Q: With the Atlanta Falcons making the playoffs, it raises an interesting question. How much money does each player get for making the playoffs and how much do they get for each game?
-- Eddie Webster, Douglasville, Ga.
A: For the wild-card games, the bonus money for players is $28,000 for the division winner and $26,000 for other winners, according to media reports. During the divisional playoffs, players on both the winning and losing teams earn $28,000.
For the AFC and NFC championship games, the amount rises to $51,000 per player, according to nj.com. For this year's Super Bowl LII, players on the winning team earn a $112,000 bonus and those on the losing team earn a $56,000 bonus.
A player can earn a maximum of $219,000 in bonus money (in this case, the player would be on a team that wins the division, participates in a wild-card game and wins the Super Bowl), according to cbssports.com and nj.com.
The Falcons won an NFC wild-card game over the Los Angeles Rams last Saturday and will play at Philadelphia in the next round on Saturday.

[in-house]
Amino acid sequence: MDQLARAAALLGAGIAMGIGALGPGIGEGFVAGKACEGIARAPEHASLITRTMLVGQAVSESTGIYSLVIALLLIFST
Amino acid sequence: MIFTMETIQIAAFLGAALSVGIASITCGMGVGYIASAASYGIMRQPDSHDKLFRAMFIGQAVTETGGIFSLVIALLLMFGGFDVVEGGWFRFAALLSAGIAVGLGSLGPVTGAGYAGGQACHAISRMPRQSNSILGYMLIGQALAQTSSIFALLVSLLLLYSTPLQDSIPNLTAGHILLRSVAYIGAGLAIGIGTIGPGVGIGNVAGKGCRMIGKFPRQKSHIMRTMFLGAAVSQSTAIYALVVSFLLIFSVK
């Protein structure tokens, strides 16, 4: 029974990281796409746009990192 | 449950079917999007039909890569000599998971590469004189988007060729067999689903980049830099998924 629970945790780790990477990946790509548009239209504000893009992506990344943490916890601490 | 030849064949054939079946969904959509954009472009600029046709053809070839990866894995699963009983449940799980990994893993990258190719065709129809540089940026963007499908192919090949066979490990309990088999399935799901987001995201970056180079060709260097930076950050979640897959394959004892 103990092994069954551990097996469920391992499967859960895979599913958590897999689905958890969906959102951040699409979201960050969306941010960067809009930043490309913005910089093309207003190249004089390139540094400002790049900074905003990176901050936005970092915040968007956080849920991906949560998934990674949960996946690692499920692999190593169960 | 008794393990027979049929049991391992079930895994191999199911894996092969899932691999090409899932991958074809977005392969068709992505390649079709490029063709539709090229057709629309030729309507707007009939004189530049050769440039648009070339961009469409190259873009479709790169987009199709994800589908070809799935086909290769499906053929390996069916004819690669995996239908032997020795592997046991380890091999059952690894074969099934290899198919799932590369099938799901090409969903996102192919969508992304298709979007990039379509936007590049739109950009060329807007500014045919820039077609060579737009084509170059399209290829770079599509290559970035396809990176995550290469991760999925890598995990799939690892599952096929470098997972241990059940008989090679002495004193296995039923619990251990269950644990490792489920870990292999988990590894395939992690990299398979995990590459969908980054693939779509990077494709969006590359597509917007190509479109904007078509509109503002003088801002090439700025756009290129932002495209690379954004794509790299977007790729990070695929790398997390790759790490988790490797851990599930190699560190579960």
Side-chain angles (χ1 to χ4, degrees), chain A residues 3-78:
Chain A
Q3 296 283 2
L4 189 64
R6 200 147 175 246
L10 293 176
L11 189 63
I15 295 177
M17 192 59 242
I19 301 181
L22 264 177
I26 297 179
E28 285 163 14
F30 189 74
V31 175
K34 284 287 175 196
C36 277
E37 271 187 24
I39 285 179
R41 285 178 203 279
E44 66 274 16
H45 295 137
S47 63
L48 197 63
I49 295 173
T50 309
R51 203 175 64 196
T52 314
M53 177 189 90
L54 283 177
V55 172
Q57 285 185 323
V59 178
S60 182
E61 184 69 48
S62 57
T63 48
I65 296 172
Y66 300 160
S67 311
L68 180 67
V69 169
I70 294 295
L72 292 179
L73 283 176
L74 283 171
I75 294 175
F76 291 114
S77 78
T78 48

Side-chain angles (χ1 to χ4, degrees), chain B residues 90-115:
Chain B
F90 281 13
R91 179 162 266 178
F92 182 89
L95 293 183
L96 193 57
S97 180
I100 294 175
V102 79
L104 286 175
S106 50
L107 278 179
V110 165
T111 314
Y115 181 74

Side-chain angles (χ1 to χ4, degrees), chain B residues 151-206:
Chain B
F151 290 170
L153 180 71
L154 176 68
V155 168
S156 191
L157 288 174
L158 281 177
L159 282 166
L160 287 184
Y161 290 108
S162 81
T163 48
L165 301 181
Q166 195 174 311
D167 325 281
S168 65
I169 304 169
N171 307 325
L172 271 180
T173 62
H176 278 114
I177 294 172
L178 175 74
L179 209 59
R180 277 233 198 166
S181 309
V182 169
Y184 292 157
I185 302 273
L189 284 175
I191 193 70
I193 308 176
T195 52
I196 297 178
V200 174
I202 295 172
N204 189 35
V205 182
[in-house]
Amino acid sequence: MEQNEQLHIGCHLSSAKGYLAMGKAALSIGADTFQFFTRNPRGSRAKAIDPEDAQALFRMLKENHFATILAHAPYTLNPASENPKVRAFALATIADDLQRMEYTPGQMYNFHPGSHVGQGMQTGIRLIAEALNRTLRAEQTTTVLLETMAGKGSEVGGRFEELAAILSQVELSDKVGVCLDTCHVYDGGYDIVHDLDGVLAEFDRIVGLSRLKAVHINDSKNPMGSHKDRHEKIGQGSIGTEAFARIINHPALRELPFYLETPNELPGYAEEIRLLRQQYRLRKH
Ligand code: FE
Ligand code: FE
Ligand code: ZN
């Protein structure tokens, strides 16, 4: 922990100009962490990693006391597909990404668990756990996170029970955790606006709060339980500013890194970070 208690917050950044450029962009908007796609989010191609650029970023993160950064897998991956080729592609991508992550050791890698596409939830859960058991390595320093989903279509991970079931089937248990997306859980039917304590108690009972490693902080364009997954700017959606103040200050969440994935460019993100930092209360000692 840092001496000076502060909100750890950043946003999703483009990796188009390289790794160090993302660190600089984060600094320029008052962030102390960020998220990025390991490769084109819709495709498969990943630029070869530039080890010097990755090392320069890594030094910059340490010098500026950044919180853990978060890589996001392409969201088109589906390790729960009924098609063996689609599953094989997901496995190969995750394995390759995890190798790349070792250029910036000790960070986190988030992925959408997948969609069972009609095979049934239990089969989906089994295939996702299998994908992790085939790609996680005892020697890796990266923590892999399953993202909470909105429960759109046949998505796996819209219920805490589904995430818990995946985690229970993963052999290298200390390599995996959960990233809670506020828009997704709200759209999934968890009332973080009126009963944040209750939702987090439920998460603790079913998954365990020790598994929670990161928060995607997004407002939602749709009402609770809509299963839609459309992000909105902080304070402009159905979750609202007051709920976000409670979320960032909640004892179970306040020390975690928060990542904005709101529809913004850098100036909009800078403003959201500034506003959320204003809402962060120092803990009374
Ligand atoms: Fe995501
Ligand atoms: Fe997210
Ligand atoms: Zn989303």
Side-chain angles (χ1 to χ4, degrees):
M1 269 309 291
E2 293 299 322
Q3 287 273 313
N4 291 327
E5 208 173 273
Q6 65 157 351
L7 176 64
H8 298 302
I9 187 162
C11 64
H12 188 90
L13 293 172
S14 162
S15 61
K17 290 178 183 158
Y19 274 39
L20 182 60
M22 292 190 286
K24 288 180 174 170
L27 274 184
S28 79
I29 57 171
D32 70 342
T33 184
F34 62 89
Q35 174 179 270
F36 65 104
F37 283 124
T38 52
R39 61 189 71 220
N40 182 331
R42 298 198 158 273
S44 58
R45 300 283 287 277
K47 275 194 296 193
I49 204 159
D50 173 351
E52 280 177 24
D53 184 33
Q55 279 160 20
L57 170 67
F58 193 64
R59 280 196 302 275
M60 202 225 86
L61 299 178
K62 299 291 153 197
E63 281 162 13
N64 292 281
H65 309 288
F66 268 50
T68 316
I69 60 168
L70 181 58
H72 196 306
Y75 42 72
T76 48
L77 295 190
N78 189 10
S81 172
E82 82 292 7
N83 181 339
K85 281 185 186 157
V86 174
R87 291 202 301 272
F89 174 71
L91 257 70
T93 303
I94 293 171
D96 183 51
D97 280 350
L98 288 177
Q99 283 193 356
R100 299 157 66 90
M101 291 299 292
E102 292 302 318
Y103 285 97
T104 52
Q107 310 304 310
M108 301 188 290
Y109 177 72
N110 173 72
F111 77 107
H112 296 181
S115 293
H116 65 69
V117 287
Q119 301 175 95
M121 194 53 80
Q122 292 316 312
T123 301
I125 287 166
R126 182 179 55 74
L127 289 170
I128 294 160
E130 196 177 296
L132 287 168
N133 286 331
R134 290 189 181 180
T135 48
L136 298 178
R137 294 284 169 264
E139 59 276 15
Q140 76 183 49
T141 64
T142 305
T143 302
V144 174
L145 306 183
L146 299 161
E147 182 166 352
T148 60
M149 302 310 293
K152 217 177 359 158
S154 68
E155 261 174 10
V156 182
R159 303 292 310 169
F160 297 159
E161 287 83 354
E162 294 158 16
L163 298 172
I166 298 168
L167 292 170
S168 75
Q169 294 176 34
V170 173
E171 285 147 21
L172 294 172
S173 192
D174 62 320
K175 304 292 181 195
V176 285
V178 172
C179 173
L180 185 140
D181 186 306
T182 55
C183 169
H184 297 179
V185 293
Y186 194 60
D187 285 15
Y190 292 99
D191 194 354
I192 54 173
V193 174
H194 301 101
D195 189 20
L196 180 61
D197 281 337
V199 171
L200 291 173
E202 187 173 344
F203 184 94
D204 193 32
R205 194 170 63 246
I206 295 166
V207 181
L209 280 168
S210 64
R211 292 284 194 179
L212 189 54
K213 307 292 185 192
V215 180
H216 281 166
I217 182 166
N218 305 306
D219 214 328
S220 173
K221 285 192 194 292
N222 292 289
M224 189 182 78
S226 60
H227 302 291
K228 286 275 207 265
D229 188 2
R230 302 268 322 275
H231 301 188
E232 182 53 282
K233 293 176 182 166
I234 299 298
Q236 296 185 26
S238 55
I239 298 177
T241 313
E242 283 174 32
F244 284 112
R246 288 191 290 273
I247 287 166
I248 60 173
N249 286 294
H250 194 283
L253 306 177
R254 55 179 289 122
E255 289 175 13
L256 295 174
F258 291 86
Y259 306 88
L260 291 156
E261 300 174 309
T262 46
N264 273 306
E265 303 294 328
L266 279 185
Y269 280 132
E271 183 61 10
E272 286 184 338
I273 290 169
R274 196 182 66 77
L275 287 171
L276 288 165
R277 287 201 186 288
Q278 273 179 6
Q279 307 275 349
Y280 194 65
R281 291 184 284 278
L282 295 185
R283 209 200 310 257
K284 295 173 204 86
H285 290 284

Q: Does the sun in Alaska shine in the same place once every six months? I want to know why in December is the shortest daylight hours and in June the longest daylight hours. Is this the way we travel around the sun?
-- Robert Hand, Stockbridge, Ga.
A: Because the Earth's axis is tilted 23.5 degrees, the North Pole of Earth is tilted toward the sun in June -- our summertime -- while the southern hemisphere is tilted away from the sun, Mark Lancaster, an astronomer at Fernbank Science Center, told Q-and-A on the News. As a result, our summer is their winter.
"As the Earth orbits the sun, six months later just the opposite occurs, as the southern hemisphere is pointed towards the sun and the northern hemisphere is pointed away from the sun," he wrote.
The sun's altitude is higher in the summertime, leading to more daylight hours. For example, in Anchorage, Alaska, the sun on June 20 will get to about 52 degrees above the horizon (straight overhead being 90 percent) but on Dec. 20, the sun will barely get to 5 degrees above the horizon.
"At the North Pole in winter, the sun won't get above the horizon at all for a period of time, while at the South Pole the sun doesn't set for that same period of time," he wrote.
Q: Can you tell me how Chuck Yeager is doing?
-- Don Penovi, Atlanta
A: Yeager, the World War II fighter pilot ace who broke the sound barrier in 1947 and was also the first person to fly faster than Mach 2, is active on Twitter -- (at)GenChuckYeager. There, answers are provided about the retired general's career and present day life.